Tips & Advice if Your Loved One is Physically Disabled
The person I care for is mentally alert but physically unable to wash, dress or manage the toilet for themselves.
Work it out together.
If your loved one has recently become fully or partially physically disabled, they (and you) will be having to get used to help with all sorts of basic tasks such as feeding, bathing and going to the bathroom. And it's the intimacy of the 'bathroom bit' that you and your loved one might find most awkward at first, particularly if you are both just learning the ropes of what makes a comfortable 'bathroom' experience. So, work together on a plan, listen to each other's suggestions and worries, and you'll soon work out a routine that suits you both, and any embarrassment will quickly disappear.
Provide good incontinence protection.
The right incontinence products will help ensure leaks are absorbed and feces and odor are contained, helping to protect your loved one's clothes, their living environment and their dignity. Incontinence protection products come in a range of sizes and absorbencies for men and women. Many people find that incontinence underwear products that pull up like ordinary underwear is more acceptable to people with a degree of mental confusion, as it helps them feel more 'normal.' View our line of TENA® incontinence underwear for Men and for Women or go to the Products section to see the full range of TENA® incontinence products. Visit The TENA Advantage to find out more about how TENA® can help provide good incontinence protection.
Work together to create the right environment.
This will vary according to physical need. If your loved one can access the bathroom with a wheelchair or walker, ensure the route to the bathroom is unobstructed. They may also prefer clothing that is easy for you or them to remove, such as wide skirts and drawstring trousers. Keep a lidded trash can in the bathroom or bedroom to dispose of used products.
Changing and hygiene
Your loved one may be alert to accidents once they have happened and be able to change themselves, or you may need to offer a helping hand. Either way, ensure fresh protective incontinence products are within easy reach in the bathroom, and that you have a lidded trash can for used products. Incontinence underwear products that tear at the sides help make changing quick and clean, and wet wipes can prove easier and gentler on the skin than standard toilet paper.
Urine can irritate the skin, which in the case of the elderly, can be particularly sensitive. Protective incontinence products with high absorbency and that quickly draw urine away from the skin, even when the person is seated for long periods, will help reduce the risk of skin irritation. If you are worried about your loved one's skin sensitivity, visit the Products section for the range of TENA® incontinence products designed to reduce the risk of skin irritation, including TENA® skin-caring creams and wipes to help promote healthy skin.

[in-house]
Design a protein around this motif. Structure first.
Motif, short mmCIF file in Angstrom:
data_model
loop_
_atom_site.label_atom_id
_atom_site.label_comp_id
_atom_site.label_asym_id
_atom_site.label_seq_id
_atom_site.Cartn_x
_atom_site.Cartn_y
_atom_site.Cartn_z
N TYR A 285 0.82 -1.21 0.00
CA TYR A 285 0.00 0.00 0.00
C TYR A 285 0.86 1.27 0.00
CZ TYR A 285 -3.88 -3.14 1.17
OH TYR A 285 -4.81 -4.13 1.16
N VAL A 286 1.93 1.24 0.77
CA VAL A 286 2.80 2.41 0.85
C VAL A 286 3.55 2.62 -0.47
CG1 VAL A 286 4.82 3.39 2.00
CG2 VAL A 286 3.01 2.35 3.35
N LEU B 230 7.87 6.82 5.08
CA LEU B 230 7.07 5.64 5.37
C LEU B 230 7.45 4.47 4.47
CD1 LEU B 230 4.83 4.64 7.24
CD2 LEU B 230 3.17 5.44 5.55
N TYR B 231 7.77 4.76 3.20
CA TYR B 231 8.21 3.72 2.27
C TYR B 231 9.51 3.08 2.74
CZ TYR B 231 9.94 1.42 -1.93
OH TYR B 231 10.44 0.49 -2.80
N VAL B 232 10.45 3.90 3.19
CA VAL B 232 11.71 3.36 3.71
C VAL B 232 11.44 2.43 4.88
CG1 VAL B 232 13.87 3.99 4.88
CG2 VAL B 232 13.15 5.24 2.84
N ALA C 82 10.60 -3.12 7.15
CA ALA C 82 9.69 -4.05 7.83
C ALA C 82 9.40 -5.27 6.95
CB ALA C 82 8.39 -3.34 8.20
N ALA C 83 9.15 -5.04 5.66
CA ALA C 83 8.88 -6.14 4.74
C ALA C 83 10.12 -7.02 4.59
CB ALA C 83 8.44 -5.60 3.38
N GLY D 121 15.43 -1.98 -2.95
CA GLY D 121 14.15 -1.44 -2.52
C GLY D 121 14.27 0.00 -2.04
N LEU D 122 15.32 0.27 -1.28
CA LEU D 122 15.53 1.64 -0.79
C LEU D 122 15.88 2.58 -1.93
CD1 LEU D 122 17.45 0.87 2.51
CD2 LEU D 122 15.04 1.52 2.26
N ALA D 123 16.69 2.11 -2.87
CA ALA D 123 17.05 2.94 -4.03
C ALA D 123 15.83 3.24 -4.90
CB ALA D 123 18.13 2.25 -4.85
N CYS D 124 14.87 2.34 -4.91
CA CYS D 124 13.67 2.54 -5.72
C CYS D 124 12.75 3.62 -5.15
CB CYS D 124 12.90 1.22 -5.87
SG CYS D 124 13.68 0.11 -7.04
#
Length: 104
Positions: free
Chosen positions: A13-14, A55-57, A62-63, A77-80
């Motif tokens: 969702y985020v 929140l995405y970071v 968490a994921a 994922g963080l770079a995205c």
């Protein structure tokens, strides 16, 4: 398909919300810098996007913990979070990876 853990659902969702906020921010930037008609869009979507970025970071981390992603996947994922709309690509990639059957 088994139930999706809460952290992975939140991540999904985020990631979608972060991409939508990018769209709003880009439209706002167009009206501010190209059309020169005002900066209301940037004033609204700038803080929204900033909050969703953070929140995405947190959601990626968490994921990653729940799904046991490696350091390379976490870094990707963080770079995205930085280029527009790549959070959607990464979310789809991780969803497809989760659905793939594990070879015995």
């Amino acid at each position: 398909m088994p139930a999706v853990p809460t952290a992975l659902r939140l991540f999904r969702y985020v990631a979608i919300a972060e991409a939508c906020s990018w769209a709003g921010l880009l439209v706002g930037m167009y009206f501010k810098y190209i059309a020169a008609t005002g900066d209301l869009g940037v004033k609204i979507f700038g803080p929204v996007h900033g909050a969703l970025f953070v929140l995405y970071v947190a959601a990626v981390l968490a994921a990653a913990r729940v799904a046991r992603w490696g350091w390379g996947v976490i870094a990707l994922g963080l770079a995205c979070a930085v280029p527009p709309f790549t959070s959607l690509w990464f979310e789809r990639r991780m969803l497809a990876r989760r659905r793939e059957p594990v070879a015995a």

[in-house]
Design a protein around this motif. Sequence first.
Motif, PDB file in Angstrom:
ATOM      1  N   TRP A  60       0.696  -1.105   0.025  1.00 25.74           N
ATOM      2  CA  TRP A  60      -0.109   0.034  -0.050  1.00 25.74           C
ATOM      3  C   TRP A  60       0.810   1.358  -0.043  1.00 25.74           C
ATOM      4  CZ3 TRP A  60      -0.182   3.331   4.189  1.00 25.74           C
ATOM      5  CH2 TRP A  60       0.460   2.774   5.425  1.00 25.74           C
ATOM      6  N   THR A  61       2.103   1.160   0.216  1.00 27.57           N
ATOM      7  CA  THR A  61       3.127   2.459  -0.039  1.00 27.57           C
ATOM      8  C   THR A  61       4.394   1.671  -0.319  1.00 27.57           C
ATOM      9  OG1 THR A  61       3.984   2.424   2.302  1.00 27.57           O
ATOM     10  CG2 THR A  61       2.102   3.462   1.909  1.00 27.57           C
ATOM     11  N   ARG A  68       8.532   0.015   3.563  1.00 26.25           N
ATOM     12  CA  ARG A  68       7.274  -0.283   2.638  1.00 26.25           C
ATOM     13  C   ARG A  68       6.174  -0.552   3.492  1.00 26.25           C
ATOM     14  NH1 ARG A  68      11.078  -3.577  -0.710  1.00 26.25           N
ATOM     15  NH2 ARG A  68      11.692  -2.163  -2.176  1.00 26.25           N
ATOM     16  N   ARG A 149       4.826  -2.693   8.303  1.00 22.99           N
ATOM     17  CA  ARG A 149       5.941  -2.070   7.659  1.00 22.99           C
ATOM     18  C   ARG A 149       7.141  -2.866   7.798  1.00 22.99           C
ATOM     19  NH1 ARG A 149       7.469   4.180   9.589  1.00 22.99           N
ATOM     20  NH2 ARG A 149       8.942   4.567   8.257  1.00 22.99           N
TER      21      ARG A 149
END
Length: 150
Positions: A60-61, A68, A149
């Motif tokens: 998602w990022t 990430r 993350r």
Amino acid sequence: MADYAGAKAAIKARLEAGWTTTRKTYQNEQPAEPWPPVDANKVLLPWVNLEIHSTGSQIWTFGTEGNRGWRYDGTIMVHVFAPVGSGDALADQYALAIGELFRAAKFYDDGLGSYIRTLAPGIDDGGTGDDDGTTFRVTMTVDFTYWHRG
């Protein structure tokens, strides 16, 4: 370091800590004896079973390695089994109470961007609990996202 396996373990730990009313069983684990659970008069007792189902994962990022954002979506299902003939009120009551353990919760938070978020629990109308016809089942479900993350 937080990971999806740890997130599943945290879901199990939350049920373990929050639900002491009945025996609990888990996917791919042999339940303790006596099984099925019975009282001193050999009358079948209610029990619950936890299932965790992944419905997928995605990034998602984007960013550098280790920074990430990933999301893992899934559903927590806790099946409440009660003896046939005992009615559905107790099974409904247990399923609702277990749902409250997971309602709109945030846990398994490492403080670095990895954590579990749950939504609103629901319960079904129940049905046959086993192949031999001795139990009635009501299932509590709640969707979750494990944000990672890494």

Your loved one may be tempted to drink less, but this can make the urine more concentrated, aggravating the bladder and making it more active. Encourage them to drink as normal, responding to their natural thirst. This should be enough to keep the urine a healthy, pale straw color. As you might expect, drinking too much will just increase the urge to 'go', so just try and keep a healthy balance.
Be aware that some drinks have a diuretic effect.
Of course you don't want to curb life's little pleasures, but be aware that caffeine, alcohol and fizzy drinks are diuretics that will make them need to urinate more.
Discuss getting a helping hand from a local organization or charity.
There may already be adult daycare centers or healthcare organizations in your area. If so, they could give you the chance to leave your loved one in caring hands so you can both take a break for a few hours. They may even be able to provide activities and interests that aren't possible at home. Many of these organizations offer transportation, run regular group activities such as day trips, and prepare snacks. They may even provide a 'meals on wheels' service.
If you have a specific question relating to incontinence care, you can ask one of our Specialist Nurses.
* The site does not offer medical advice and nothing contained in the site is intended to constitute professional advice for medical diagnosis or treatment.